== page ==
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Amazon's entrance to insurance market likely to be "disruptive"

Amazon's entrance to insurance market likely to be "disruptive" | Insurance Business

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Much has been made of what looks like plans by Amazon to enter the insurance market in Europe, after the online retail giant was seen recruiting insurance professionals in London.

But while we can’t say for sure exactly what they are up to, or when an offering might emerge, whatever they do is likely to cause significant ripples in the industry, according to the insurance arm of a global consultancy.

“Given Amazon’s market presence and their capabilities in the digital arena, if they do get into insurance, it’s likely to be disruptive,” Seth Rachlin, EVP and insurance lead at Capgemini, told Insurance Business.

Currently, the internet goliath has only ventured as far as Amazon Protect, a service which covers purchases against accidental damage, breakdown, and theft, but the company has the means to go much further.

“There’s no digital property that is more pervasive from a retail perspective than Amazon. If they do something beyond the warranty business, then it’s likely to be disruptive because people will notice and pay attention,” commented Rachlin.

One theory is that should Amazon take the plunge into the insurance world, they will tie it into another product or offering so that the coverage becomes an add-on rather than a sale in itself, Rachlin speculated.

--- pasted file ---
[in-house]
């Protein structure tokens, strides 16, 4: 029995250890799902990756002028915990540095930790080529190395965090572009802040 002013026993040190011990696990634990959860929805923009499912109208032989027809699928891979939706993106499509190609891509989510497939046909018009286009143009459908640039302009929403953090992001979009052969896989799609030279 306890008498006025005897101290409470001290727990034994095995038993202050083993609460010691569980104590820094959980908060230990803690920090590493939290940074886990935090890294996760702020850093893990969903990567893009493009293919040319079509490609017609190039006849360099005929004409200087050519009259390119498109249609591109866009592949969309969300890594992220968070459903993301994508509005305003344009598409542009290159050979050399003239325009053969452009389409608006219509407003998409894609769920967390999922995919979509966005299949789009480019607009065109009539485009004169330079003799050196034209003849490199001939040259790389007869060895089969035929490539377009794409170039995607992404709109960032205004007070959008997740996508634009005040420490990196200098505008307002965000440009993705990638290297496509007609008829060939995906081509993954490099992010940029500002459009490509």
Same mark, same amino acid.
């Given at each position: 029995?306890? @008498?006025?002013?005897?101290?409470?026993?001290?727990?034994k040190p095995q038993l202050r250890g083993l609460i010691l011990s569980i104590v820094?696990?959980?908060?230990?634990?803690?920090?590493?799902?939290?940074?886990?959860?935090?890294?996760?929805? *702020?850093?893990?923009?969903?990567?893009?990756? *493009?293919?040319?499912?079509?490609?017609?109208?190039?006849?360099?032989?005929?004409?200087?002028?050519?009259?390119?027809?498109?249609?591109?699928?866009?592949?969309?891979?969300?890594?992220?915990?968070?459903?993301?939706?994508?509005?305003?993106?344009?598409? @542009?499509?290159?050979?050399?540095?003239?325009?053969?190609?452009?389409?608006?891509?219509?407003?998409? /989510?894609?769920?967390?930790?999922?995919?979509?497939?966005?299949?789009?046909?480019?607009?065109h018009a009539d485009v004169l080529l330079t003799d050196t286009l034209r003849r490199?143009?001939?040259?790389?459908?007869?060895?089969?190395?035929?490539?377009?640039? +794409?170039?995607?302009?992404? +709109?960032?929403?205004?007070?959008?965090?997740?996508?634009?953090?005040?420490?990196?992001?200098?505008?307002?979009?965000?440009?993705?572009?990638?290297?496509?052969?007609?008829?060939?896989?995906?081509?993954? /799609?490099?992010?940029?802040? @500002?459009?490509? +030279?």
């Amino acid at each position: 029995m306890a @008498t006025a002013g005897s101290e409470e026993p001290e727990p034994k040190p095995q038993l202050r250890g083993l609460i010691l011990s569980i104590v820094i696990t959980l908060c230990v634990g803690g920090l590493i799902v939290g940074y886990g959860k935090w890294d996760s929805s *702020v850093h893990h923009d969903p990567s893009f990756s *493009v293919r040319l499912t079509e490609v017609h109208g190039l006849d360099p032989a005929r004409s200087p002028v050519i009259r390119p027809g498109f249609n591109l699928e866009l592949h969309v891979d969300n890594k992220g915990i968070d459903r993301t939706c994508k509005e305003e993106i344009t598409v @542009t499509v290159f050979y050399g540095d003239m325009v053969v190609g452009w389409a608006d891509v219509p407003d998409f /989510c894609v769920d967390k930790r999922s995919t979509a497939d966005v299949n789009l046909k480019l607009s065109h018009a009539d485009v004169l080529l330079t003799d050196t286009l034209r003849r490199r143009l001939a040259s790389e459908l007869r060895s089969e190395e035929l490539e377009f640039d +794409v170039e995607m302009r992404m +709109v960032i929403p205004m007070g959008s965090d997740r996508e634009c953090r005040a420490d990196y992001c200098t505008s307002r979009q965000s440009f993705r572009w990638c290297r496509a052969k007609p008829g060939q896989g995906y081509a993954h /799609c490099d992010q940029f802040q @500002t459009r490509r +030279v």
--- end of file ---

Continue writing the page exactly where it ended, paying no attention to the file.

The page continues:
With a large focus on smart home technology, currently in the form of its Alexa personal assistant range, an arrangement that has seen the firm test the waters of the automotive market in Europe this year, and a recent buyout of grocery chain Whole Foods in the US, Amazon’s tentacles are extensive.

And as the industry wrestles with modernisation and embracing technology, its digital prowess could prove extremely valuable.

“The digitisation of the insurance industry helps it play into some of Amazon’s core strengths, and therefore creates the capability where they could – either on their own or working with partners, because they are very good at that – enter the space with force, so to speak,” Rachlin said.

While some have been placated by Google’s failure in the insurance space – the tech giant pulled the plug on its auto insurance comparison venture last year – the industry would be wise not to rest on its laurels.

“Amazon are far better positioned,” Rachlin said. “Their positioning is fundamentally different, and as a consequence there’s a real possibility that they could enter this space.”


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